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Big Data: Cyber Security Is Breaking Into Elite Business Schools — Here's Why

Harvard and Stanford equip corporations with the digital skills needed to fight hackers

Sun Aug 21 2016

Cyber security threats have never been more perilous. PwC reckons 90% of large organizations suffer a security breach — and the number of breaches doubled last year, costing firms up to £3 million each. Whether you can keep your business secure will determine whether you swim or sink.

Bertrand Monnet, chair for criminal risk management at EDHEC Business School, says: “The threat has to be addressed not just by technicians but by the head of the company. Because they are in charge of performance and cyber crime can totally destroy your company's performance.”

Despite the magnitude of the problem, the field of cyber security management is nascent. Some 77% of organizations are unprepared for cyber security breaches, according to NTT Com Security’s Global Threat Intelligence Report. 

And a recent Accenture study found that 31% of companies beleive a lack of training or budget is their single biggest inhibitor to combating attacks.

To equip corporations with the digital skills needed to fight the war on cyber crime, business schools are launching specialist courses, which cover everything from threat intelligence to terrorism and illicit networks.

“As it’s become a permanent part of the landscape for corporations, it’s becoming a permanent part of the landscape for business schools,” says Jean-Pierre Auffret, director of the MSc in Secure Information Systems at George Mason University’s School of Business.

Here’s five elite schools taking a lead in cyber security education.



Harvard University
Course: The Intersection of Policy and Technology
Location: Massachusetts


Three weeks ago, 50 senior tech executives and policymakers piled into Harvard’s Kennedy School campus in Cambridge. Its cyber security course, “The Intersection of Policy and Technology”, now in its third year, aims to bring together techies and government leaders to address critical threats.

“Business leaders, government leaders, and public servants are all so concerned about cyber security that the issue sits right at the top of any corporation,” says Tad Oelstrom, faculty chair. “There is a distinct possibility that this [hacking] could be hugely damaging to companies.”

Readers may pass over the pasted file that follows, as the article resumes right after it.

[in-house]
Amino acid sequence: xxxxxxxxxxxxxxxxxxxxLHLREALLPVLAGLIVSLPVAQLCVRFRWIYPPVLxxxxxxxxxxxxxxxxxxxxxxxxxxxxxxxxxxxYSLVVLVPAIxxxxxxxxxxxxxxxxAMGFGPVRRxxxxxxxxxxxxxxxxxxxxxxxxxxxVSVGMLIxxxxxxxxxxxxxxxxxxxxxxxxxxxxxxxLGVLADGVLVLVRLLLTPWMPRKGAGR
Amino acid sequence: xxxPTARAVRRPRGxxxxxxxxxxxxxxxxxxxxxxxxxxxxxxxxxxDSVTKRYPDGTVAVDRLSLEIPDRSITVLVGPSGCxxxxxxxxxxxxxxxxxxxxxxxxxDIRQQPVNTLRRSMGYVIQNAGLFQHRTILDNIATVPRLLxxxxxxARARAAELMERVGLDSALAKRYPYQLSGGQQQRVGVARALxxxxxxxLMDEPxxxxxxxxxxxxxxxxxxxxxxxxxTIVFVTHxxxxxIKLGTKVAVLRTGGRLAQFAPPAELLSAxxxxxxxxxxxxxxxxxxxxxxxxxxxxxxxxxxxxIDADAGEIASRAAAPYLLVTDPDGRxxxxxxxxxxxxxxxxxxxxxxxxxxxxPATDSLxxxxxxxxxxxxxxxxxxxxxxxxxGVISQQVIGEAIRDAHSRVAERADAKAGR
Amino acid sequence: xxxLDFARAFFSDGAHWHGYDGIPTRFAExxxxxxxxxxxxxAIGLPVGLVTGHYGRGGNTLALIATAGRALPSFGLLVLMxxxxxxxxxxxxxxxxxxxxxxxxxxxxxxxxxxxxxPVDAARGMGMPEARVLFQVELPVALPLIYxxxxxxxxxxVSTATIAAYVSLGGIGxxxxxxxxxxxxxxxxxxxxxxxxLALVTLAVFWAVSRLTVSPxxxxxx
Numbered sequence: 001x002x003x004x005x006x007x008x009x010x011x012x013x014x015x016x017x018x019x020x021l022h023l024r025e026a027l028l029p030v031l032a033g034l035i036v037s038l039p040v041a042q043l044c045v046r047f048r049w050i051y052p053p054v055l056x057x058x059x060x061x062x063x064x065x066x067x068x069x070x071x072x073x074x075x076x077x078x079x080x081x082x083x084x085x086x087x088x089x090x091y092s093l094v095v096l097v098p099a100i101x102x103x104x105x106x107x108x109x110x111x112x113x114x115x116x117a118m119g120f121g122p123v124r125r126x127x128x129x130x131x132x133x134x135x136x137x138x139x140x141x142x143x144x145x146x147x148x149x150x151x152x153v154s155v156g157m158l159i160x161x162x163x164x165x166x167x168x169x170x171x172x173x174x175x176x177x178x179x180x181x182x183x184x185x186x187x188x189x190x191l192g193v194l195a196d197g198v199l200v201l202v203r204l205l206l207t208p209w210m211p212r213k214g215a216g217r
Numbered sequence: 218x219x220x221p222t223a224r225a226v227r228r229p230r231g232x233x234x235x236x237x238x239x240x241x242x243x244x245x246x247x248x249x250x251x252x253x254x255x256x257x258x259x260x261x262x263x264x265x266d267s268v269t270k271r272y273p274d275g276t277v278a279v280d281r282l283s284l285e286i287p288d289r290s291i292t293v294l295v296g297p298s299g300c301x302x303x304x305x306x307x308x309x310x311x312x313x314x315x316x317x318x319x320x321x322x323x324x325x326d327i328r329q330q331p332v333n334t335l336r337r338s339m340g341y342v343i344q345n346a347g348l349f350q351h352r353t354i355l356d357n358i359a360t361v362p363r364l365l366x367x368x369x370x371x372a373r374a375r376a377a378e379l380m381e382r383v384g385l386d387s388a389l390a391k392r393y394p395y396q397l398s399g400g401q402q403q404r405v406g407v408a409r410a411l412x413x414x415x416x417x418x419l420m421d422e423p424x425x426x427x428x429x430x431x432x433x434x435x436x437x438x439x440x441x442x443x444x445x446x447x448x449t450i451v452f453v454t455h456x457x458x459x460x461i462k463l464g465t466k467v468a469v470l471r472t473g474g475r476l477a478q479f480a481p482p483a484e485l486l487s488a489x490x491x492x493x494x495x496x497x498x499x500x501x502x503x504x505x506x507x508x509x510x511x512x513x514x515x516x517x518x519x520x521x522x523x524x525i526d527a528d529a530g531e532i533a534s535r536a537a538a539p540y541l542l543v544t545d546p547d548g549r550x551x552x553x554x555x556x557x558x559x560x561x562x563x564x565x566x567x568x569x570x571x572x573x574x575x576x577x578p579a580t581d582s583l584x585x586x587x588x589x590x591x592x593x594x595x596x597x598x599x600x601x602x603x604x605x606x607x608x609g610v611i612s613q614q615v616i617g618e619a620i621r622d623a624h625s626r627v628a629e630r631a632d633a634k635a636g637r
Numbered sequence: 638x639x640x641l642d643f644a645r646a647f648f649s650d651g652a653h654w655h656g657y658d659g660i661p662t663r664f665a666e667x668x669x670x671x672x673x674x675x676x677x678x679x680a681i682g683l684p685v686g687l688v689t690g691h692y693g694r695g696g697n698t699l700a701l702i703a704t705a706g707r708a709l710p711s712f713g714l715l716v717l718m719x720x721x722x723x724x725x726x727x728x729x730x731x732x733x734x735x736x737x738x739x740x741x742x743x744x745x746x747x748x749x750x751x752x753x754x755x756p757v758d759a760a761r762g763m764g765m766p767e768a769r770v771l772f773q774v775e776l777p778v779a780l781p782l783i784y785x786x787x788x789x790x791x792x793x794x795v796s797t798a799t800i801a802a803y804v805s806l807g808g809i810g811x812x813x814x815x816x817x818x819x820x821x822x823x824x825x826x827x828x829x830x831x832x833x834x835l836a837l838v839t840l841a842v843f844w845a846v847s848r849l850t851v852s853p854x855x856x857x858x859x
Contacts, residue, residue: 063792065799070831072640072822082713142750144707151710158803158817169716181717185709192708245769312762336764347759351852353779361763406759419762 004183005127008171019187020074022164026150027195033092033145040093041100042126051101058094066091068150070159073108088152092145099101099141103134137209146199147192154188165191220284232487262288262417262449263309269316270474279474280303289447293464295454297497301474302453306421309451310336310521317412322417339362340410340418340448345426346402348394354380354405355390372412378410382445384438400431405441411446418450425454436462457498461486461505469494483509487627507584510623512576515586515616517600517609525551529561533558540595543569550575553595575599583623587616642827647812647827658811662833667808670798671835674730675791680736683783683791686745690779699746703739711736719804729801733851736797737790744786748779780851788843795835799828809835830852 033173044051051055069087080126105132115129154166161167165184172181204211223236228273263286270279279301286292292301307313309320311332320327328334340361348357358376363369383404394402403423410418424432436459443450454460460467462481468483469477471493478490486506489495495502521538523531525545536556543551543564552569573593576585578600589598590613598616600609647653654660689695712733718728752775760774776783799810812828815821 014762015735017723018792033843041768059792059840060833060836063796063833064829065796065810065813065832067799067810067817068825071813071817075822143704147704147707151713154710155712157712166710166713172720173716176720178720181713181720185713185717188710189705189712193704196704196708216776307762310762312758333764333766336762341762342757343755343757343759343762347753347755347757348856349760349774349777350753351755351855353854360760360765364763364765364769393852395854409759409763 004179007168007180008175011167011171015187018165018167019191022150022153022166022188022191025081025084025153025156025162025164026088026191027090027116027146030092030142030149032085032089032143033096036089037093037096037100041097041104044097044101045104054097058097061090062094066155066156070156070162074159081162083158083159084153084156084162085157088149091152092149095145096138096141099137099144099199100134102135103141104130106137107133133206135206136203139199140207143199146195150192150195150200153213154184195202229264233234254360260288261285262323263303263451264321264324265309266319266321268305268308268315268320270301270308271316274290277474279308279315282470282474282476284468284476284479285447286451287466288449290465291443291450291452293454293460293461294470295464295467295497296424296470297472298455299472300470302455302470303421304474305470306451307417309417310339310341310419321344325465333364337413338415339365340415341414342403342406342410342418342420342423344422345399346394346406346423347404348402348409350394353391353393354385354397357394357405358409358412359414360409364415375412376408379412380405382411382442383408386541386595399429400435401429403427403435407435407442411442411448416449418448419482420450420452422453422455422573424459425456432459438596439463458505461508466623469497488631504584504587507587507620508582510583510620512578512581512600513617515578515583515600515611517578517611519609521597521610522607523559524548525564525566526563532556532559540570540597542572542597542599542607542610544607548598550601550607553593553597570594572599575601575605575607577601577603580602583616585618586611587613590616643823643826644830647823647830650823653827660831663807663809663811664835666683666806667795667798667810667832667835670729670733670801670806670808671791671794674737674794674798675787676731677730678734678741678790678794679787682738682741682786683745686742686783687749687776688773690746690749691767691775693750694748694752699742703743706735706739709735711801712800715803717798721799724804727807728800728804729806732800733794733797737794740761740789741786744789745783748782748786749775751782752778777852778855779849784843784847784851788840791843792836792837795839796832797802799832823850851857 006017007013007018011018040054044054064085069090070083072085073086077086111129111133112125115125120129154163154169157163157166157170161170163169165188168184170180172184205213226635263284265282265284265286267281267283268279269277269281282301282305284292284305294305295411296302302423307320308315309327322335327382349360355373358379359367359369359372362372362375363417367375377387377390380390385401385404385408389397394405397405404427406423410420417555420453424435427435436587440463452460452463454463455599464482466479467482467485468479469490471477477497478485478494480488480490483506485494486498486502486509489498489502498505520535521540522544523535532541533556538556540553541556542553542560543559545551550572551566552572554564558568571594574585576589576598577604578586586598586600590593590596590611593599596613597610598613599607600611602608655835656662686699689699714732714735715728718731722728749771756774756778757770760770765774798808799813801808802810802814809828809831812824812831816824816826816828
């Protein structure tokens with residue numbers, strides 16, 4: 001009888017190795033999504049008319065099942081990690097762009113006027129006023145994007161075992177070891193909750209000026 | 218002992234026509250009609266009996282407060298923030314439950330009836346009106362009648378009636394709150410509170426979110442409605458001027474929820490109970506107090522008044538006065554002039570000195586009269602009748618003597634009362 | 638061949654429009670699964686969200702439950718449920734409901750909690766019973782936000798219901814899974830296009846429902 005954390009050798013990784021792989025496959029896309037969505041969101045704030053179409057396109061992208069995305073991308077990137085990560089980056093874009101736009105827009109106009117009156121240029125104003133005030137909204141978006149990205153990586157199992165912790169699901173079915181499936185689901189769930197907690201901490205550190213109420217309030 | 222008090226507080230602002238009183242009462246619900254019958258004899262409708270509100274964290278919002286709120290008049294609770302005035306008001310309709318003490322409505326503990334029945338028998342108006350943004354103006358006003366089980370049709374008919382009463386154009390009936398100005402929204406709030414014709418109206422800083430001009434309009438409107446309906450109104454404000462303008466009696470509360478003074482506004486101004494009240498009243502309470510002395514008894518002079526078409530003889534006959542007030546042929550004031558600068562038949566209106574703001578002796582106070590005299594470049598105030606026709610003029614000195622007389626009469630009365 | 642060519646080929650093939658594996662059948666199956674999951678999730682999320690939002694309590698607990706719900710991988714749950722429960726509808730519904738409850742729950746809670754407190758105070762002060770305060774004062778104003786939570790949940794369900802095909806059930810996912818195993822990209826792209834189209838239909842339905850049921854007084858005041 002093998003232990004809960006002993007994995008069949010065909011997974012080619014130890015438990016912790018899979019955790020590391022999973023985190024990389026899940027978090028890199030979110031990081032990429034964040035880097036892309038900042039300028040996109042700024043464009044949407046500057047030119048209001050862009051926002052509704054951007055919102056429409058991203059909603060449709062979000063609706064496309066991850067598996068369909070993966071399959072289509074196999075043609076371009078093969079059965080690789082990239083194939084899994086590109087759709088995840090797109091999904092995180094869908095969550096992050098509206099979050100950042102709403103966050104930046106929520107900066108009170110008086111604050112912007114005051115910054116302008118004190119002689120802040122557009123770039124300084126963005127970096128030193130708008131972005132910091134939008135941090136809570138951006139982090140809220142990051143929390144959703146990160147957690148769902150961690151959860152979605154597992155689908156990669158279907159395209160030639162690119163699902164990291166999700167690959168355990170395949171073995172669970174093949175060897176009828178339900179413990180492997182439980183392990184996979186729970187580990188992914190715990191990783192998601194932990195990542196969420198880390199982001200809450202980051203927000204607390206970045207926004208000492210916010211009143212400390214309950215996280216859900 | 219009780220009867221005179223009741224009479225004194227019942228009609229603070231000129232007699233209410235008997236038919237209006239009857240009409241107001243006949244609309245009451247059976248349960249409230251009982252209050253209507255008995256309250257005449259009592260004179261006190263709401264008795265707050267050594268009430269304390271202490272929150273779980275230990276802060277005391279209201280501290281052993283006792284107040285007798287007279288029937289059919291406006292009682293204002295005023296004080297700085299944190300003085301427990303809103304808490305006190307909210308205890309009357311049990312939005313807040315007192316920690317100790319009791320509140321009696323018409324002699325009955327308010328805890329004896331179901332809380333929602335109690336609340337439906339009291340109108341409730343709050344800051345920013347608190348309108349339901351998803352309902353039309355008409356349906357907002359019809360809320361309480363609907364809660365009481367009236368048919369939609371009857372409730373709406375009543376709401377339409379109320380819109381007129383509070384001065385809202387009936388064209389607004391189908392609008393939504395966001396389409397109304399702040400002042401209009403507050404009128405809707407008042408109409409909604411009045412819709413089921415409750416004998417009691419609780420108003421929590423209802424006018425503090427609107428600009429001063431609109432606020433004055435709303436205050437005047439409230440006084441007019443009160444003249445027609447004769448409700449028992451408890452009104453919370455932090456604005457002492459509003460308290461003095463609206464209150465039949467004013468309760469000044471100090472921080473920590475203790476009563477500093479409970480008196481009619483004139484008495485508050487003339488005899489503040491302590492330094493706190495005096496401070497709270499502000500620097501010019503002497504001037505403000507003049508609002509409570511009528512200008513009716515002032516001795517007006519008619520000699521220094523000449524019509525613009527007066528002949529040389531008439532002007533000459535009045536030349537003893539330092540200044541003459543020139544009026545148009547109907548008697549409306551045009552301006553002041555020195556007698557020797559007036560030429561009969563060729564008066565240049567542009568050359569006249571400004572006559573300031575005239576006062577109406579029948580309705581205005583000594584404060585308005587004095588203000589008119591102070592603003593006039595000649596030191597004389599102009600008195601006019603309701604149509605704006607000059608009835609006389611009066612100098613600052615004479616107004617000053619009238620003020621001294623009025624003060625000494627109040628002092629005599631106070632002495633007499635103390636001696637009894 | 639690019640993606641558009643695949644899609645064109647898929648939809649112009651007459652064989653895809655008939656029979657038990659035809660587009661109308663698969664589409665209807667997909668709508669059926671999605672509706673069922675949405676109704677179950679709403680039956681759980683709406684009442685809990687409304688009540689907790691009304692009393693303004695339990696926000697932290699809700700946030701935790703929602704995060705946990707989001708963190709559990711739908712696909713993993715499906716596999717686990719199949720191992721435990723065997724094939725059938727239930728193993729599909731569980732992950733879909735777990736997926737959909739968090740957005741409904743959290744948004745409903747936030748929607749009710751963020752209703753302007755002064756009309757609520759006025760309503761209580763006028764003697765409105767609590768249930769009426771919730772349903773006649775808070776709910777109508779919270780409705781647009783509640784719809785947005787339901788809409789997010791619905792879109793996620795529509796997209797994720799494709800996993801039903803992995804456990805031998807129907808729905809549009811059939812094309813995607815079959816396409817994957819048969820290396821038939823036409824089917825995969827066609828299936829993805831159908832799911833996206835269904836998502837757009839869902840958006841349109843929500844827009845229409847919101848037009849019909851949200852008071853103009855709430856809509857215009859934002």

The executive education program, which runs for five days, costs $7,600.



Stanford Graduate School of Business

Course: MBA/MS in Computer Science

Location: California 


At California’s Stanford Graduate School of Business, close to Palo Alto, the heart of Silicon Valley, MBAs can draw on Stanford’s synergies with the cyber security hub. The joint MBA/MS in Computer Science also leverages Stanford’s engineering prowess. It covers everything from network security to artificial intelligence — but blends in management foundations.

This combination recognizes the critical connections between technology and strategy, says Madhav Rajan, Stanford senior associate dean.

Students complete the two degrees, costing a combined $165,000, in three years.

Admissions requirements include an undergraduate degree or work experience in computer science or engineering or math, plus the GRE.



Oxford Saïd Business School

Course: Cyber Risk for Leaders

Location: Oxford 


In recent years, Sony Pictures, Home Depot, JP Morgan Chase, Walmart and Apple have seen their cyber defences breached, costing millions of dollars and uncountable reputational damage. And the responsibility lies with senior executives, believes David Upton, professor at Oxford University’s Saïd Business School: “Cyber security is no longer the preserve of the IT Manager,” he says.

So Saïd launched the Cyber Risk for Leaders Program last year. Its targeting execs, who will learn how to develop security strategies and communicate risks to their boards. The UK-based program runs for two days and costs £3,950.



MIT Sloan School of Management

Course: (IC)3

Location: Massachusetts


At MIT’s Sloan School of Management, MBA students can complete their thesis with the (IC)3 consortium, the school’s cyber security initiative, which is backed by 16 corporate sponsors including HSBC.

The focus of (IC)3 is the managerial and organizational aspects of cyber security, says Stuart Madnick, the initiative’s director and professor of information technology at Sloan, whose MBA costs $68,250 in tuition a year and runs for two years.

He says there’s a huge culture gap between those who make money and those who count it. As a result, “companies need people in decision making roles that understand the consequences of cyber attacks. [But] that expertise is lacking,” he says.



EDHEC Business School

Course: Criminal Risk Management

Location: Nice


Consequently, there’s huge pent up demand for managers with some training in this area, believes Bertrand at EDHEC: “There is a real job market, not only for IT engineers, but in addition for people graduating from highly-ranked MBA programs,” he says, pointing to consultancy firms like PwC.

Demand from companies — and students — is why EDHEC launched an elective, Criminal Risk Management, this year for its Global MBA, which costs €41,000 and runs for 10 months. It covers cyber security threats, techniques and strategies to combat hackers.

To understand the reality of cyber risk is now “essential” for MBAs, Bertrand concludes.